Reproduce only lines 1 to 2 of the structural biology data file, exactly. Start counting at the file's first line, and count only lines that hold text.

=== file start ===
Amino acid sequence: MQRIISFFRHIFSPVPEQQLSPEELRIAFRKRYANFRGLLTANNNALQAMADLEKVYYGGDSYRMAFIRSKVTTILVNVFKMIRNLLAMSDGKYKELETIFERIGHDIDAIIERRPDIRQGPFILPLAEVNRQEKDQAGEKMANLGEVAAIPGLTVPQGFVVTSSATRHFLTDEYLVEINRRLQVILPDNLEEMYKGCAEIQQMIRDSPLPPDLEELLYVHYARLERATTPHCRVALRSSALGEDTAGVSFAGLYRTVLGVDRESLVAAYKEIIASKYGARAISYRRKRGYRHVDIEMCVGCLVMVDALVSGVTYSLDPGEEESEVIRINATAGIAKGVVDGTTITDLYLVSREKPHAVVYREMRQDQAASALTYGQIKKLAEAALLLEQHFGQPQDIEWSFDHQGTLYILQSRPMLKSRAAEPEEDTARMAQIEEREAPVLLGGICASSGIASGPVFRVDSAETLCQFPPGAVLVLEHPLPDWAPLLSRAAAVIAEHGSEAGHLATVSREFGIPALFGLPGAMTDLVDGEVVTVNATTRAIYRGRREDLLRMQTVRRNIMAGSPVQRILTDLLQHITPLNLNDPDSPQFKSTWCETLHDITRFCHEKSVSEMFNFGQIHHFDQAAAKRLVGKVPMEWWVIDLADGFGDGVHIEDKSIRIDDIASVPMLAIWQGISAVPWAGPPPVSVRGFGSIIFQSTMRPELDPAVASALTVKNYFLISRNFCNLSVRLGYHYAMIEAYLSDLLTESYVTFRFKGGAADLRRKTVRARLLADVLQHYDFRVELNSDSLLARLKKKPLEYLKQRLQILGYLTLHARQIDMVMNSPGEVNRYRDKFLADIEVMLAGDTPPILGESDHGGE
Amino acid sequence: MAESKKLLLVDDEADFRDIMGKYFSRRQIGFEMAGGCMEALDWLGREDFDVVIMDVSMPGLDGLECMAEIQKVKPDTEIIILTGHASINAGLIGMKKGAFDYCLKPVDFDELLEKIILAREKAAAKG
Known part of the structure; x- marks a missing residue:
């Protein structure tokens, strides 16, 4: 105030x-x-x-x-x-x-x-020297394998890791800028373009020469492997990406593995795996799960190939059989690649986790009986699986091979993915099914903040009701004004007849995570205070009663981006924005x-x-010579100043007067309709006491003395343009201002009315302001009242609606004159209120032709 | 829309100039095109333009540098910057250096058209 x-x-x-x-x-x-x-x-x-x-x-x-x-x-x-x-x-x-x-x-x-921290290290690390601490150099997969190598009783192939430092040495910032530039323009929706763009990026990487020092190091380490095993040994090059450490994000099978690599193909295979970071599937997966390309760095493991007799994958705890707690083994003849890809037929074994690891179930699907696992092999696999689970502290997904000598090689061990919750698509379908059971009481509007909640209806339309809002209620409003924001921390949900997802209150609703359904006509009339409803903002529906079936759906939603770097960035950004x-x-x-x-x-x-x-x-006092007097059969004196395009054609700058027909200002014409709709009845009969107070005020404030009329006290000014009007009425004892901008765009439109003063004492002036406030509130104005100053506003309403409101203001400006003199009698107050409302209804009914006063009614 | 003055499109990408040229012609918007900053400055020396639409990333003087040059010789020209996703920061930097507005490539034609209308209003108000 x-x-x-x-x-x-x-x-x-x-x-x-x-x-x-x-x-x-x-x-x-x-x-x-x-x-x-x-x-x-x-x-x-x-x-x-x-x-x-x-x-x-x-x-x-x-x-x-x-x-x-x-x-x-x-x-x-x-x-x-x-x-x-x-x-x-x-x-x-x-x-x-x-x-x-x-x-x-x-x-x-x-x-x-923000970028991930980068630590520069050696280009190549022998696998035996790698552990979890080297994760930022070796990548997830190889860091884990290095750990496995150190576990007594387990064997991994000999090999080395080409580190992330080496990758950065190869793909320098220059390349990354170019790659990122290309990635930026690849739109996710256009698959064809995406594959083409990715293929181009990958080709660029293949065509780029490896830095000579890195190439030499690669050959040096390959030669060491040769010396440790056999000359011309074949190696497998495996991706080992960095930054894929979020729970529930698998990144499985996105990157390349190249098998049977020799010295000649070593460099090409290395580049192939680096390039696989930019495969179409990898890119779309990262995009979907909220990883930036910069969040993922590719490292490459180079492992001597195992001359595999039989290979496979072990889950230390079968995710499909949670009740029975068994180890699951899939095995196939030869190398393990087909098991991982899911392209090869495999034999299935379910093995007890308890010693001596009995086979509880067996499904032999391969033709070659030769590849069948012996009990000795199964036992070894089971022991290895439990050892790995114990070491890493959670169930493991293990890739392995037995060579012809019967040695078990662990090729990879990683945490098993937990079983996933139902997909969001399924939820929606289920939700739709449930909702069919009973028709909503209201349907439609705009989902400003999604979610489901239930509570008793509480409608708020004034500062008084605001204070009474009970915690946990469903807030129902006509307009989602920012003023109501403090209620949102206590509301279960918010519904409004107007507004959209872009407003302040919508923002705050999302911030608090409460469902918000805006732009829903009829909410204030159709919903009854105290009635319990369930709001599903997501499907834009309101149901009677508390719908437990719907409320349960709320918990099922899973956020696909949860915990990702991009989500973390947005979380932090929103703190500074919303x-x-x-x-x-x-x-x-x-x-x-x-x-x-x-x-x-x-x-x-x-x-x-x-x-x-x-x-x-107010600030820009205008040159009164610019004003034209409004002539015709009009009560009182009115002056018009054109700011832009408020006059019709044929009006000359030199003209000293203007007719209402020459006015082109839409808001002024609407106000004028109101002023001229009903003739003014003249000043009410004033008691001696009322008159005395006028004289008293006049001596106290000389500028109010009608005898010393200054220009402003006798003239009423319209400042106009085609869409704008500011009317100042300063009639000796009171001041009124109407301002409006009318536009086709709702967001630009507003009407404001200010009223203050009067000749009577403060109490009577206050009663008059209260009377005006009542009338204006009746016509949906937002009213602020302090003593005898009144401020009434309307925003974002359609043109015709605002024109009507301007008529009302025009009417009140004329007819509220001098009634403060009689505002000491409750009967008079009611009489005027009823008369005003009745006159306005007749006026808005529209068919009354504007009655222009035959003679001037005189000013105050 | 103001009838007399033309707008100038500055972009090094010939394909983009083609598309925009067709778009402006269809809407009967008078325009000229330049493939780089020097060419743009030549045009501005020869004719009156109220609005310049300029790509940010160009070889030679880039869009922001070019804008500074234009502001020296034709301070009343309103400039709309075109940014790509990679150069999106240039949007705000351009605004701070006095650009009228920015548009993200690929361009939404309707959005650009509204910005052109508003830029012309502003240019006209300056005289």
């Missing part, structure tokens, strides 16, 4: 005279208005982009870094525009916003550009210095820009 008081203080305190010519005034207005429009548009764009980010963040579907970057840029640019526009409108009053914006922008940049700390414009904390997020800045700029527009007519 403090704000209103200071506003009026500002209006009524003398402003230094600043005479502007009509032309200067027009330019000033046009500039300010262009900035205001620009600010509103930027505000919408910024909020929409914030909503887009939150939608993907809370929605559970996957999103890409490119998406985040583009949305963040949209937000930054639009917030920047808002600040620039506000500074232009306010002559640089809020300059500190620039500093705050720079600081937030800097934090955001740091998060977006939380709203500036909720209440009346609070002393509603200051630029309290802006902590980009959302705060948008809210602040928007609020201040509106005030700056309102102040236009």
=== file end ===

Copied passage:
Amino acid sequence: MQRIISFFRHIFSPVPEQQLSPEELRIAFRKRYANFRGLLTANNNALQAMADLEKVYYGGDSYRMAFIRSKVTTILVNVFKMIRNLLAMSDGKYKELETIFERIGHDIDAIIERRPDIRQGPFILPLAEVNRQEKDQAGEKMANLGEVAAIPGLTVPQGFVVTSSATRHFLTDEYLVEINRRLQVILPDNLEEMYKGCAEIQQMIRDSPLPPDLEELLYVHYARLERATTPHCRVALRSSALGEDTAGVSFAGLYRTVLGVDRESLVAAYKEIIASKYGARAISYRRKRGYRHVDIEMCVGCLVMVDALVSGVTYSLDPGEEESEVIRINATAGIAKGVVDGTTITDLYLVSREKPHAVVYREMRQDQAASALTYGQIKKLAEAALLLEQHFGQPQDIEWSFDHQGTLYILQSRPMLKSRAAEPEEDTARMAQIEEREAPVLLGGICASSGIASGPVFRVDSAETLCQFPPGAVLVLEHPLPDWAPLLSRAAAVIAEHGSEAGHLATVSREFGIPALFGLPGAMTDLVDGEVVTVNATTRAIYRGRREDLLRMQTVRRNIMAGSPVQRILTDLLQHITPLNLNDPDSPQFKSTWCETLHDITRFCHEKSVSEMFNFGQIHHFDQAAAKRLVGKVPMEWWVIDLADGFGDGVHIEDKSIRIDDIASVPMLAIWQGISAVPWAGPPPVSVRGFGSIIFQSTMRPELDPAVASALTVKNYFLISRNFCNLSVRLGYHYAMIEAYLSDLLTESYVTFRFKGGAADLRRKTVRARLLADVLQHYDFRVELNSDSLLARLKKKPLEYLKQRLQILGYLTLHARQIDMVMNSPGEVNRYRDKFLADIEVMLAGDTPPILGESDHGGE
Amino acid sequence: MAESKKLLLVDDEADFRDIMGKYFSRRQIGFEMAGGCMEALDWLGREDFDVVIMDVSMPGLDGLECMAEIQKVKPDTEIIILTGHASINAGLIGMKKGAFDYCLKPVDFDELLEKIILAREKAAAKG